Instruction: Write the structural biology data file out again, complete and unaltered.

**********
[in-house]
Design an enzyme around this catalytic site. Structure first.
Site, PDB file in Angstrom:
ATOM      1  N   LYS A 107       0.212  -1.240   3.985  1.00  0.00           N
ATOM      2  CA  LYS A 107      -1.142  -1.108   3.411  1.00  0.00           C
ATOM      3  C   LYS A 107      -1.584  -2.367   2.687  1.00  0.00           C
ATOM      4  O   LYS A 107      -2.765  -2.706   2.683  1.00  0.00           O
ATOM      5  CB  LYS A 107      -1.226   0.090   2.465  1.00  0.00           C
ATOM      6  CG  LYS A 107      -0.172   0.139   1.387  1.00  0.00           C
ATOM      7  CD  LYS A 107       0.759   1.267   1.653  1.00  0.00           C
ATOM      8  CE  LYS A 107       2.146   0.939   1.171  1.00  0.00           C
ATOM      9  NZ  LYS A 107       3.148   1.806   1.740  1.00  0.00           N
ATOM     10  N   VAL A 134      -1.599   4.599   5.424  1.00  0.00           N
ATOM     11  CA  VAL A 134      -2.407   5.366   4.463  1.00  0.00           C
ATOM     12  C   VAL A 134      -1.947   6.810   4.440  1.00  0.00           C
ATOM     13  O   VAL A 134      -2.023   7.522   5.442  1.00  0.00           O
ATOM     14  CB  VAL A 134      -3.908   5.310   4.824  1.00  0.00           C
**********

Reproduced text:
[in-house]
Design an enzyme around this catalytic site. Structure first.
Site, PDB file in Angstrom:
ATOM      1  N   LYS A 107       0.212  -1.240   3.985  1.00  0.00           N
ATOM      2  CA  LYS A 107      -1.142  -1.108   3.411  1.00  0.00           C
ATOM      3  C   LYS A 107      -1.584  -2.367   2.687  1.00  0.00           C
ATOM      4  O   LYS A 107      -2.765  -2.706   2.683  1.00  0.00           O
ATOM      5  CB  LYS A 107      -1.226   0.090   2.465  1.00  0.00           C
ATOM      6  CG  LYS A 107      -0.172   0.139   1.387  1.00  0.00           C
ATOM      7  CD  LYS A 107       0.759   1.267   1.653  1.00  0.00           C
ATOM      8  CE  LYS A 107       2.146   0.939   1.171  1.00  0.00           C
ATOM      9  NZ  LYS A 107       3.148   1.806   1.740  1.00  0.00           N
ATOM     10  N   VAL A 134      -1.599   4.599   5.424  1.00  0.00           N
ATOM     11  CA  VAL A 134      -2.407   5.366   4.463  1.00  0.00           C
ATOM     12  C   VAL A 134      -1.947   6.810   4.440  1.00  0.00           C
ATOM     13  O   VAL A 134      -2.023   7.522   5.442  1.00  0.00           O
ATOM     14  CB  VAL A 134      -3.908   5.310   4.824  1.00  0.00           C